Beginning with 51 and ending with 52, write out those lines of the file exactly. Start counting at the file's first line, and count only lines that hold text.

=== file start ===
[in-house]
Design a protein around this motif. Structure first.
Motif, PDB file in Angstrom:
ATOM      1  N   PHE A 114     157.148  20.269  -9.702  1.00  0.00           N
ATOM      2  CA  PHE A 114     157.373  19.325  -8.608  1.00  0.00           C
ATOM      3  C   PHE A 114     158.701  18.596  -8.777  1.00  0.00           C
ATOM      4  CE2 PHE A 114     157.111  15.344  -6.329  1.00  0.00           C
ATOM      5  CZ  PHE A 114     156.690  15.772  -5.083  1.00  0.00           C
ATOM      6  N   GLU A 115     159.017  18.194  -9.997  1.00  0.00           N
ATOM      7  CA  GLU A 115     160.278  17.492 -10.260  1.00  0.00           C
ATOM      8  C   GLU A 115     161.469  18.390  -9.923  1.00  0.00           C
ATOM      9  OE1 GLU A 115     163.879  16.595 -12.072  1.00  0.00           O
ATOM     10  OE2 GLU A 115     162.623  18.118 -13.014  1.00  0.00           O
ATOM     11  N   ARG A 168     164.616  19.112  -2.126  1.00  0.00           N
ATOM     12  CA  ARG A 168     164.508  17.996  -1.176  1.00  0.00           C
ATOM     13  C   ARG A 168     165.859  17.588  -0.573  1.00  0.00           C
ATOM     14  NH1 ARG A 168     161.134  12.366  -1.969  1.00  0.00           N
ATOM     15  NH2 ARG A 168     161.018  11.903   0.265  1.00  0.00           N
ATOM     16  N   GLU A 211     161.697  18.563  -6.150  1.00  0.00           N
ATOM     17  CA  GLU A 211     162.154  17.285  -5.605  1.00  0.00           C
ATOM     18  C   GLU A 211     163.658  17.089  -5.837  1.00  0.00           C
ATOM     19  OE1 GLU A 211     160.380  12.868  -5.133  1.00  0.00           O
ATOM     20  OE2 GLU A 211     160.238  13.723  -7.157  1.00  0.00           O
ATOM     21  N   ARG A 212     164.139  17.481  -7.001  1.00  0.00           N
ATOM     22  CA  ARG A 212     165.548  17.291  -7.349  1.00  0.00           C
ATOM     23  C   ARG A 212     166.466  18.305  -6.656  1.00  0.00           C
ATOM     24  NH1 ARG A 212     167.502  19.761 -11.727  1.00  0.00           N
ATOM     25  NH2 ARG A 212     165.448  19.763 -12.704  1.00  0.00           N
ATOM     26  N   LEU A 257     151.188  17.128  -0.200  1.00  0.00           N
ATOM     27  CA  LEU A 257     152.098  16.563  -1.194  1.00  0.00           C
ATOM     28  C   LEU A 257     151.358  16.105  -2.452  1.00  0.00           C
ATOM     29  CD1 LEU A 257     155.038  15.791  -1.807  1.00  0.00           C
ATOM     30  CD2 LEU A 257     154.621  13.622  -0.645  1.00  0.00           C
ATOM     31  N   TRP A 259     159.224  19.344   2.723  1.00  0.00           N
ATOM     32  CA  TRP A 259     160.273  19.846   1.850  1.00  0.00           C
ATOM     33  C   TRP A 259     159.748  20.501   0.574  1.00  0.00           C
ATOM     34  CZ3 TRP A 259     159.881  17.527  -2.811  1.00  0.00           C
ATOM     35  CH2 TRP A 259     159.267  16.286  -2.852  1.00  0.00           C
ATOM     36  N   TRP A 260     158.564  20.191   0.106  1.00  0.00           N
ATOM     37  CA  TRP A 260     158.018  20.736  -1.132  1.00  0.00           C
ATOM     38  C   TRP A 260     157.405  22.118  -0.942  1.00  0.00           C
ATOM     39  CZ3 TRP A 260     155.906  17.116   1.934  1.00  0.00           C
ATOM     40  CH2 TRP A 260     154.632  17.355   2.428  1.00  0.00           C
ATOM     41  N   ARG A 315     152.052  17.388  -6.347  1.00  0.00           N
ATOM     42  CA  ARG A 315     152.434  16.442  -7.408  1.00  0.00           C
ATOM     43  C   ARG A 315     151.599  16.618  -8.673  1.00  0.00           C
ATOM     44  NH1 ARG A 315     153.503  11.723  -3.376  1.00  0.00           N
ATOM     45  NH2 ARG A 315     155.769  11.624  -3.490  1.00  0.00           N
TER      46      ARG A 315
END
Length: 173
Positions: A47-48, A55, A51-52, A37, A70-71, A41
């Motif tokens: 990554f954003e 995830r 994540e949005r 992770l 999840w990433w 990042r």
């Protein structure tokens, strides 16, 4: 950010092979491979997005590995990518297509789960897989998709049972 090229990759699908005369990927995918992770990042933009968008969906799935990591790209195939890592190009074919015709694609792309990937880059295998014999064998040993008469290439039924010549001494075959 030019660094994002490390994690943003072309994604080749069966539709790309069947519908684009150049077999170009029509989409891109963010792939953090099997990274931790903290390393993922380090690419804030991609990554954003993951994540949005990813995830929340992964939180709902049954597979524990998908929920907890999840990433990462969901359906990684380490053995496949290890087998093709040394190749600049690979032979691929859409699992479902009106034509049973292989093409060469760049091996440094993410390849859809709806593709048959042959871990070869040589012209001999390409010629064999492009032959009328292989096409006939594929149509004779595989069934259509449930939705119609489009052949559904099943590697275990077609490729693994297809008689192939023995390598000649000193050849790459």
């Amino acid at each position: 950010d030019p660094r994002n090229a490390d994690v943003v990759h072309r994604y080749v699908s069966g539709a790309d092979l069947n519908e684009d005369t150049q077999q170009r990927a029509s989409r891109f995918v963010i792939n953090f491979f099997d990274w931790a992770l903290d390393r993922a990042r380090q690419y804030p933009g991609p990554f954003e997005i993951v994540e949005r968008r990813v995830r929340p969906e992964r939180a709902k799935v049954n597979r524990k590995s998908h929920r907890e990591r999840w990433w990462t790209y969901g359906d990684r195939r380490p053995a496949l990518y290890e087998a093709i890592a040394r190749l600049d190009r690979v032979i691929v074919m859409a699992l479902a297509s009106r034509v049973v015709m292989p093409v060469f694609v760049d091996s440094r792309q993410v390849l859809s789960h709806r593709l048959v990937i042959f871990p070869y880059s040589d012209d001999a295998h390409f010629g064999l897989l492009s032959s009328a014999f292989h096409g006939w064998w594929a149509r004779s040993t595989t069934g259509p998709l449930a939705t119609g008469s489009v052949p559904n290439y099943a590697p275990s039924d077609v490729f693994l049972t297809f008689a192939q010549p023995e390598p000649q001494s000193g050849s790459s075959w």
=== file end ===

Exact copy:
Length: 173
Positions: A47-48, A55, A51-52, A37, A70-71, A41